Speaking of feedback, it was you, dear readers, who alerted us to a mistake we made in the last issue—and right on the cover, too. Many of you noticed that the photo we ran to illustrate a story on yellowfin tuna was, in fact, of trout. We’re deeply embarrassed to have misled you, and have taken a hard look at our photograph procurement process as a result, as well as resolving to do a better job at tapping the expertise here on campus.

Thanks for reading.

—Pippa Jack

Gone Fishing

Thanks to everyone who wrote to tell us about our cover mistake in the last issue. Those conversations sparked some interesting new ones:

The fish on the Spring 2018 QuadAngles cover is not a yellowfin tuna but an eastern brook trout—the only native trout species in R.I. It’s a beautiful photo of a beautiful fish, and I was hoping that there might be an article in QuadAngles about the still substantial, but threatened, brook trout population in the Ocean State.

There are a lot of threats to this beautiful fish in R.I., from state stocking of non-native trout that outcompete brookies for habitat, to climate change and development—both of which warm the clean cold water that these fish need to survive and thrive.

—Peter J. Marx ’77, M.A. ’81, Annapolis, Md.

While I love to see articles about my alma mater doing good works, I feel compelled to point out that the fish pictured on the cover are not yellowfin tuna. To my untrained eye, they appear to be brown trout. As the University is well known as an international research center and resource for aquaculture, perhaps a correction is in order?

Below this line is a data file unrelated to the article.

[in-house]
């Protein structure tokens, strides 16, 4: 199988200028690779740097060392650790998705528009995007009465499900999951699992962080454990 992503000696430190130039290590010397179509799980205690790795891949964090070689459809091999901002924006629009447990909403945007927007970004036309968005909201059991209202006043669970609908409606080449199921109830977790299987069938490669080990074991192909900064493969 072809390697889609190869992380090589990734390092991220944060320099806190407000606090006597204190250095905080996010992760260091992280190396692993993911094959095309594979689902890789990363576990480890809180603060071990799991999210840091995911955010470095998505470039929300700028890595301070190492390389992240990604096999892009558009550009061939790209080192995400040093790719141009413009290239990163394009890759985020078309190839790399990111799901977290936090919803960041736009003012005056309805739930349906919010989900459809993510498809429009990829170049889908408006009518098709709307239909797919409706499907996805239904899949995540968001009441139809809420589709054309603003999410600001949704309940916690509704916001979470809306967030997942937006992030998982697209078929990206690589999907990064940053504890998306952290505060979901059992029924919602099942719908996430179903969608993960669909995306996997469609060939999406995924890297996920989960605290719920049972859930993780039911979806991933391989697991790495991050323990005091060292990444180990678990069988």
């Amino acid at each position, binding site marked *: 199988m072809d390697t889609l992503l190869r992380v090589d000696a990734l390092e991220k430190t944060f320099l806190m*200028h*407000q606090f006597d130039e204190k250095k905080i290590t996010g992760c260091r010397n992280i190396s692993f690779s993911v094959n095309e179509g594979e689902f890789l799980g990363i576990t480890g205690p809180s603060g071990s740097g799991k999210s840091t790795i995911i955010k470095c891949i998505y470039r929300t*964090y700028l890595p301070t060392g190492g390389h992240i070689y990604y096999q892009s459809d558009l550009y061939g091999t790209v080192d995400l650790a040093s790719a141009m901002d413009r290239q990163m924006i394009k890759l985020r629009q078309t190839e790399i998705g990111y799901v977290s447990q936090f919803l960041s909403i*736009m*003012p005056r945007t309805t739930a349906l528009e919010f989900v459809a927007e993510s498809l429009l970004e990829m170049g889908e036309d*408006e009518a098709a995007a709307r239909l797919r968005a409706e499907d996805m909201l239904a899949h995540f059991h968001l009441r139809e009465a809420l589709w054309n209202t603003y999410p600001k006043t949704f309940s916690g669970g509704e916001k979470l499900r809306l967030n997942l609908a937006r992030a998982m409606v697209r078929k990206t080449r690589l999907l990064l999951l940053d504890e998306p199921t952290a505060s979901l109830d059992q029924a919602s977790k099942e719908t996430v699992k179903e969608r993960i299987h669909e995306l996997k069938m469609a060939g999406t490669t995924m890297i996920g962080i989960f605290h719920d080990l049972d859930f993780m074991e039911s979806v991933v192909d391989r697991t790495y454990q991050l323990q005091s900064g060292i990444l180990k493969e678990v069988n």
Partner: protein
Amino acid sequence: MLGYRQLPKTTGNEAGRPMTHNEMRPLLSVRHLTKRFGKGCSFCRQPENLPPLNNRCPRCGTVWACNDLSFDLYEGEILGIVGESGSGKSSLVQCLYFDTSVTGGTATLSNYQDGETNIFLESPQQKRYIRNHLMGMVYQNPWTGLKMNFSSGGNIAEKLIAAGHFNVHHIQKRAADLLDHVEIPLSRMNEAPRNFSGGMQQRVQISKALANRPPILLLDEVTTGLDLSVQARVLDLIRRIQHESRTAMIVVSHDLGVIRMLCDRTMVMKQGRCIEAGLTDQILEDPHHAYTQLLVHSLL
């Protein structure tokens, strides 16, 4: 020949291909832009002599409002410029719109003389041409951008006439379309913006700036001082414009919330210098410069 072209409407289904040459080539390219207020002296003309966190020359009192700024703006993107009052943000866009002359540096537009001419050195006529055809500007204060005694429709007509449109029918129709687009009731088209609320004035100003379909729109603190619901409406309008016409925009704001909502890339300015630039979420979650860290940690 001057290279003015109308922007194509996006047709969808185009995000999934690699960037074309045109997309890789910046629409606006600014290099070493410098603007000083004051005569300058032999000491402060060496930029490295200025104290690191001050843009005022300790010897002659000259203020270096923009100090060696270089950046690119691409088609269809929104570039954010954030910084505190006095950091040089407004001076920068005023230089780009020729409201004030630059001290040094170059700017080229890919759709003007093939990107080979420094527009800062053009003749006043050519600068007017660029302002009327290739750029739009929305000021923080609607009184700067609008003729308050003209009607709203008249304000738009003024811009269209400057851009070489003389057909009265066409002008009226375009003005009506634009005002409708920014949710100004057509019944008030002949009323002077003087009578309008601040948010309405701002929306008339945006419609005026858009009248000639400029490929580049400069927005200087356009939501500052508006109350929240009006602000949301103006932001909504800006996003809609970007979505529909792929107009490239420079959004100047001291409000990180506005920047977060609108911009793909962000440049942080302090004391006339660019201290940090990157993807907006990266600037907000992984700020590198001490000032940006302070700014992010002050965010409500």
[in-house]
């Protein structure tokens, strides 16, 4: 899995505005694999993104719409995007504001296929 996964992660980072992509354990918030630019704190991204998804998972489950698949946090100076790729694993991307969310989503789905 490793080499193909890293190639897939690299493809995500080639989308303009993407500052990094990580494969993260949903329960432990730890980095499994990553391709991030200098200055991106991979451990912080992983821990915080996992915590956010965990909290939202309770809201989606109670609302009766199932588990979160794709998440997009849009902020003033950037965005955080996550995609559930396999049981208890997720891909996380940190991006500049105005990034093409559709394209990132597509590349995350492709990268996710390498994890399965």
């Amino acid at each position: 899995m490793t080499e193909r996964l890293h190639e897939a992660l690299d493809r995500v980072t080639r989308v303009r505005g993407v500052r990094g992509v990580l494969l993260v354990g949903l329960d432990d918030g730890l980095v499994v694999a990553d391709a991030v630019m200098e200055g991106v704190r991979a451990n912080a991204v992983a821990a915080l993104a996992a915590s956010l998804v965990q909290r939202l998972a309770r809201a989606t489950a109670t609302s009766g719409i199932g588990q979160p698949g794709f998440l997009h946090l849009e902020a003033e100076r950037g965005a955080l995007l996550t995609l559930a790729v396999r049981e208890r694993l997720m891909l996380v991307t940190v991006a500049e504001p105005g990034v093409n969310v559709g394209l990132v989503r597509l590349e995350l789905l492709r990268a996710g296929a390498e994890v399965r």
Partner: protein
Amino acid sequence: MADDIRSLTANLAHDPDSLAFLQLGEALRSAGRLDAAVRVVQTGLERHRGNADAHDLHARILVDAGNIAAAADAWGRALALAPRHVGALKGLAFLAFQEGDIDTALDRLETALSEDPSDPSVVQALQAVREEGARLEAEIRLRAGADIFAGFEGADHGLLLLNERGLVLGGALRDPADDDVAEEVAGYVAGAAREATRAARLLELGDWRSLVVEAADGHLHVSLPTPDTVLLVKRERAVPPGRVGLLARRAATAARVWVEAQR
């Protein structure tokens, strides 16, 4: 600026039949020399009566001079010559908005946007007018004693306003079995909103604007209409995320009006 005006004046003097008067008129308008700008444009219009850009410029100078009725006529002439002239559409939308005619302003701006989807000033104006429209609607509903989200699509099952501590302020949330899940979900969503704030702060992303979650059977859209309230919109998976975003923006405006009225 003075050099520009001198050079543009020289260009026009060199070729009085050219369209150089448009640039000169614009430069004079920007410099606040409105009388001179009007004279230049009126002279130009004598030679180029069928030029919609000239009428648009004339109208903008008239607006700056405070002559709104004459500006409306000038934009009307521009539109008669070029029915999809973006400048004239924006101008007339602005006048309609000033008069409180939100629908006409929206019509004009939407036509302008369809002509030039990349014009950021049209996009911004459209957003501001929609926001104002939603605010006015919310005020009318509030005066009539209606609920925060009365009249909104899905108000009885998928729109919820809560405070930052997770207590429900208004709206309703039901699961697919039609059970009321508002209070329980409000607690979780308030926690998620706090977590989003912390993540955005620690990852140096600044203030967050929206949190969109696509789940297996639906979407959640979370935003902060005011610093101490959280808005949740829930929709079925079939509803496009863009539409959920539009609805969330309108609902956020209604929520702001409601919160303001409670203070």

A friend of mine once worked for the Roaring Fork Transit Authority near Aspen. He put up several banners over the roads in the valley advertising the local bus service. The phone number he put on the banners to call for information was his grandmother’s, not RFTA’s. In the end, we acknowledge our mistakes and move on. Love to get the news from URI.

—Jim Marshall, M.B.A. ’78, Lafayette, Colo.

Great article and congratulations to Peter and Terry on persevering and making the Greenfins Aquaculture Tuna Center of Excellence (GATCE) a reality—no easy task [Big Fish, Spring 2018]. This is a critical research facility that URI should support. My best to both of you in your future research, and in your collaboration with other research organizations in saving a threatened species.

—Jean Riendeau ’80, via

Hello from California

Thank you for your latest issue of QuadAngles. It always reminds me of happy memories from the two years I spent in Kingston working for my master’s degree.

It began in 1962 with my decision to leave teaching in a secondary school in the Philippines to work and study in the U.S. I got my M.S. in horticulture from URI, then a Ph.D. in horticulture from Washington State University. I went on to lecture in plant science at California State University, teach and research horticulture and genetics at the University of Missouri, and work as an agricul-tural biologist at the Monterey County Agricultural Commission and the California Department of Food and Agriculture. I’ve also written for the Salinas Californian as an agricultural columnist.

Now retired, I can say I have gone through the ups and downs of life with family in my adopted country. We visited campus four years ago. I recently published my third novel, with more to come.

—Expedito Ibarbia, M.S. ’64, Salinas, Calif.


Laurie Sharma with students from the Salvation Tree School.I was so moved by Laurie Rockewell Sharma’s story [Passage to India, Spring 2018]. And I can also feel that pull of horses… they really just understand how you feel! Bravo for creating a school and stepping in to help those children. I feel Laurie’s biological mother is sitting in Heaven smiling at all Laurie’s good works. We continue to pray for Laurie and her school. Thank you.

—Miriam Erick, via

This web page has been edited since its original publication.